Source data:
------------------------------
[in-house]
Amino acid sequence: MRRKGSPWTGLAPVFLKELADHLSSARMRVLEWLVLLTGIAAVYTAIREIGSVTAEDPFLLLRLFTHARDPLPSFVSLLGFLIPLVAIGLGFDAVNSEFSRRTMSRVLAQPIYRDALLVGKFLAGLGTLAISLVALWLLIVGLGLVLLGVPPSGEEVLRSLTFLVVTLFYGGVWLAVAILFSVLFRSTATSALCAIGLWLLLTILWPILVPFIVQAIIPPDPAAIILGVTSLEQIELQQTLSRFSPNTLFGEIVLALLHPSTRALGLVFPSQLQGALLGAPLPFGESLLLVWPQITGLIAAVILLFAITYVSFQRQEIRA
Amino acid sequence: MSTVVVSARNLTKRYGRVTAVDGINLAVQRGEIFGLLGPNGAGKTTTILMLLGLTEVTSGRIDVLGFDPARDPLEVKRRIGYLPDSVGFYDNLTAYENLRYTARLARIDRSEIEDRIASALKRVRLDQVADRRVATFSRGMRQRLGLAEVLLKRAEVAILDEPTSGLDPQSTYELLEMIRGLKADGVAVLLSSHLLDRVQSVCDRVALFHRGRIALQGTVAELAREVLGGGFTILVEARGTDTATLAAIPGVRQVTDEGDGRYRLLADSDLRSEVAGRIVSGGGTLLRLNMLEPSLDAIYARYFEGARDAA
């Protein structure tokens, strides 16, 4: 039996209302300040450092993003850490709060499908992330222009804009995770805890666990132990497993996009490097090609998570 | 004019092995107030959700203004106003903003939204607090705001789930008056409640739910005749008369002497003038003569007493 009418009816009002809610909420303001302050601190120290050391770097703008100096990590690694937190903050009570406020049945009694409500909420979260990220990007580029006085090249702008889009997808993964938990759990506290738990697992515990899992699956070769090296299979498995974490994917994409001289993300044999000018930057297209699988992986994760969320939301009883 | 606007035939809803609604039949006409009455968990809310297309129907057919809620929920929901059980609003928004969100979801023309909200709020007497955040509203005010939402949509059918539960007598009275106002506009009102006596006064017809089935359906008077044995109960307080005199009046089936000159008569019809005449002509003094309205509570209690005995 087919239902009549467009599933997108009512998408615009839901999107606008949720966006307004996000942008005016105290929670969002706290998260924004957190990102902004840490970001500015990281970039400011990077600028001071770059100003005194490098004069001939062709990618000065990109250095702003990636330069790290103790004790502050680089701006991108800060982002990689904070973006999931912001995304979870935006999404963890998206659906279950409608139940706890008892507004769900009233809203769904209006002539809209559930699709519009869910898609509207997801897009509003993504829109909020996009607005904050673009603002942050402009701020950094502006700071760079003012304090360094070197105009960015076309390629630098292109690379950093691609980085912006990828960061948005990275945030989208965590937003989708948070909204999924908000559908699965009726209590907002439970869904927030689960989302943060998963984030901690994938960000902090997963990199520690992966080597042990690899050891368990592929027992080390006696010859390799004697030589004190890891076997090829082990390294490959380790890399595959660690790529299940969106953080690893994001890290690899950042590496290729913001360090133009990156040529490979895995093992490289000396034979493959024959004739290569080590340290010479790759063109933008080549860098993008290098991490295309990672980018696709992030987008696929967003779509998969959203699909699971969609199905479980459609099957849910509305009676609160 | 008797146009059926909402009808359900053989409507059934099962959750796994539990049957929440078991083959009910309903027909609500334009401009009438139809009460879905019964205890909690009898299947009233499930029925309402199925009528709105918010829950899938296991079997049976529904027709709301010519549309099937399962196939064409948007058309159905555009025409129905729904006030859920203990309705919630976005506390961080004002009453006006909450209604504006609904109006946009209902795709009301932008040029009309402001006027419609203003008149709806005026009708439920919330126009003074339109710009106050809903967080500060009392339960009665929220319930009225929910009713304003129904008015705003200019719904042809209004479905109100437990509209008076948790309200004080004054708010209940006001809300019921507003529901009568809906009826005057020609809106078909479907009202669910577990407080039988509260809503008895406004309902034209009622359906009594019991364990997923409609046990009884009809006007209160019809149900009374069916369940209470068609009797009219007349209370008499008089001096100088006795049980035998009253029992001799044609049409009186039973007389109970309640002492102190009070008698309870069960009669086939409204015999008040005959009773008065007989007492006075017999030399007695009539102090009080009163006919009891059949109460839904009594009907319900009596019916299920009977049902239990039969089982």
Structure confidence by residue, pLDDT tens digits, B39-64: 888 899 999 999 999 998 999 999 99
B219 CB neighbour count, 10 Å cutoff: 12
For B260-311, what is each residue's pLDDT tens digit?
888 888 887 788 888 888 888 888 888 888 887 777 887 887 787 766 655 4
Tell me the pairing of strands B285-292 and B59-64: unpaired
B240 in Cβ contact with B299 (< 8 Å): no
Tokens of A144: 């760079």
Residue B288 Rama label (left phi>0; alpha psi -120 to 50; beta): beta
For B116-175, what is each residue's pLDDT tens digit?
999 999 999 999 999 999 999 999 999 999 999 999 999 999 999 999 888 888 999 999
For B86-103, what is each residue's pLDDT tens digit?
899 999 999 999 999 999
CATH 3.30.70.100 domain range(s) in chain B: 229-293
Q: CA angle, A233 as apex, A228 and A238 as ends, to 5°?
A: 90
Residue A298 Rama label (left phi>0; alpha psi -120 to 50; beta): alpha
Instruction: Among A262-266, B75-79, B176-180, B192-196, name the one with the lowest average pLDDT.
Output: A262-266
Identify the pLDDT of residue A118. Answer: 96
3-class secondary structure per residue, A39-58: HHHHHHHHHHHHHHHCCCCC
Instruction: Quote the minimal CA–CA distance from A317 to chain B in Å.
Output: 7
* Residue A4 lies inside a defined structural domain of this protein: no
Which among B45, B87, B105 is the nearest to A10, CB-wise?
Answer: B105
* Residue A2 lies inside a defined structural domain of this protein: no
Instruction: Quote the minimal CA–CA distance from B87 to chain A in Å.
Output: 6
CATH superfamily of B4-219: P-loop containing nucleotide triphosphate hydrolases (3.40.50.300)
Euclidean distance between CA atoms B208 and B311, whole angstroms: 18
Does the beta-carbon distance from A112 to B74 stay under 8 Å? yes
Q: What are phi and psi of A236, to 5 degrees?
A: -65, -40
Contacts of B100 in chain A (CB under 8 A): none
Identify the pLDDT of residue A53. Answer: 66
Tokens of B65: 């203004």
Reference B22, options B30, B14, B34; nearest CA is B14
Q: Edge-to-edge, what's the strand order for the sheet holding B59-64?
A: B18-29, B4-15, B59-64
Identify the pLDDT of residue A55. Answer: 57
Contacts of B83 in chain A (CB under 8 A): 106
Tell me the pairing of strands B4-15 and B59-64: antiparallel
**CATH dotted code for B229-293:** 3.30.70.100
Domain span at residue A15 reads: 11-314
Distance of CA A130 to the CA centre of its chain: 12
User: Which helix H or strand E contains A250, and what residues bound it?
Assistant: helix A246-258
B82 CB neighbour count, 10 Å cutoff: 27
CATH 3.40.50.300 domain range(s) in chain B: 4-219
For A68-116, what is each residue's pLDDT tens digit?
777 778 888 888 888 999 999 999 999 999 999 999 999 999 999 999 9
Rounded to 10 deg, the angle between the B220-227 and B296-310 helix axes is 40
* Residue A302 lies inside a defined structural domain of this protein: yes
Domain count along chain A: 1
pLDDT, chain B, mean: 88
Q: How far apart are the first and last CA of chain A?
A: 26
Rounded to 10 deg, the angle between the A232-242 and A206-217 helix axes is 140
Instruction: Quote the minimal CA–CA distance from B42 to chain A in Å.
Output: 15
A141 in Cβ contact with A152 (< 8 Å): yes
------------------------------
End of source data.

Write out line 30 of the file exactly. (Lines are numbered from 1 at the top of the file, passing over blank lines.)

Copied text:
* Residue A2 lies inside a defined structural domain of this protein: no